CAFOs Uncovered: The Untold Costs of Confined Animal Feeding Operations (2008)

April 2008
Confined animal feeding operations damage our air, water, and the rural communities they inhabit. And when we count the costs of this damage, it turns out that we can't afford to produce meat this way.

The U.S. livestock industry—a large and vital part of agriculture in this country—has been undergoing a drastic change over the past several decades. Huge CAFOs (confined animal feeding operations) have become the predominant method of raising livestock, and the crowded conditions in these facilities have increased water and air pollution and other types of harm to public health and rural communities.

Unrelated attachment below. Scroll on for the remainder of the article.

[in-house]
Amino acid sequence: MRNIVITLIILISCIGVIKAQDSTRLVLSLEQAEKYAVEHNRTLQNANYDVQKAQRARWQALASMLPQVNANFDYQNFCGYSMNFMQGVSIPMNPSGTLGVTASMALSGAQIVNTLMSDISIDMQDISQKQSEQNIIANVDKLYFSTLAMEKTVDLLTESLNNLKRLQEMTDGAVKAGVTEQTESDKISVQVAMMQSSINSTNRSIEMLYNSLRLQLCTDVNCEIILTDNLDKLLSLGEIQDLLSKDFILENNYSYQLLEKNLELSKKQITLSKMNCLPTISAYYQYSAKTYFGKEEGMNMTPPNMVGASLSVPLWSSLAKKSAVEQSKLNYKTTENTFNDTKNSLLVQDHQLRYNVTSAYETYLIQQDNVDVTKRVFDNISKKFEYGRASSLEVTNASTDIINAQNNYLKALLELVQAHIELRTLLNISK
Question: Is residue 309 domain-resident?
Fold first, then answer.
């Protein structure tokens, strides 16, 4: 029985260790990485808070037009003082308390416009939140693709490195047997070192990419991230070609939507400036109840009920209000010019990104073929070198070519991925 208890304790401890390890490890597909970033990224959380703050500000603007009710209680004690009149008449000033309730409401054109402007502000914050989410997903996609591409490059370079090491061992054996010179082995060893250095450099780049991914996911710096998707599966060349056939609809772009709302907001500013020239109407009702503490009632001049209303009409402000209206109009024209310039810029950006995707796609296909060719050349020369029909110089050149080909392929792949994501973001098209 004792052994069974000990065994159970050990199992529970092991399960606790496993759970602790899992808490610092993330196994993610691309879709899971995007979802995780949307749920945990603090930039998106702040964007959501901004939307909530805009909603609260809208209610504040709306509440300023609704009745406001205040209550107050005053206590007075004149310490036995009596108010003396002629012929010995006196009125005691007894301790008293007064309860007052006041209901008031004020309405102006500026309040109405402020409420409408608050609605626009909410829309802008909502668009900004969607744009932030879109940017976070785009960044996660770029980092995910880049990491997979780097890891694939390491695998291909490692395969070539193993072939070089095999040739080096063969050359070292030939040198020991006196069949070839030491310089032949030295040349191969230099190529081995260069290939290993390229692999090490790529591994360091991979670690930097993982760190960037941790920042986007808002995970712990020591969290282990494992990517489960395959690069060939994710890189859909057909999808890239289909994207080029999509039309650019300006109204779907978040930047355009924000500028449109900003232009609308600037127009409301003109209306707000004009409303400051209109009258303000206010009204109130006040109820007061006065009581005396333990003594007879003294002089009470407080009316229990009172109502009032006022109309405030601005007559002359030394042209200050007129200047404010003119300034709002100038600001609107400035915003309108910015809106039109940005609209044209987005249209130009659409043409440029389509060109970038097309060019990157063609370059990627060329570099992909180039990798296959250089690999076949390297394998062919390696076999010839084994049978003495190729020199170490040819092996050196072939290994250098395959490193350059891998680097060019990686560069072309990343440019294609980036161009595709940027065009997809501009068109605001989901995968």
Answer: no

CAFOs are not the inevitable result of market forces. Instead, these unhealthy operations are largely the result of misguided public policy that can and should be changed.

In this report, the Union of Concerned Scientists analyzes both the policies that have facilitated the growth of CAFOs and the enormous costs imposed on society by CAFOs. We also discuss sophisticated and efficient alternatives for producing affordable animal products, and offer policy recommendations that can begin to lead us toward a healthy and sustainable food system.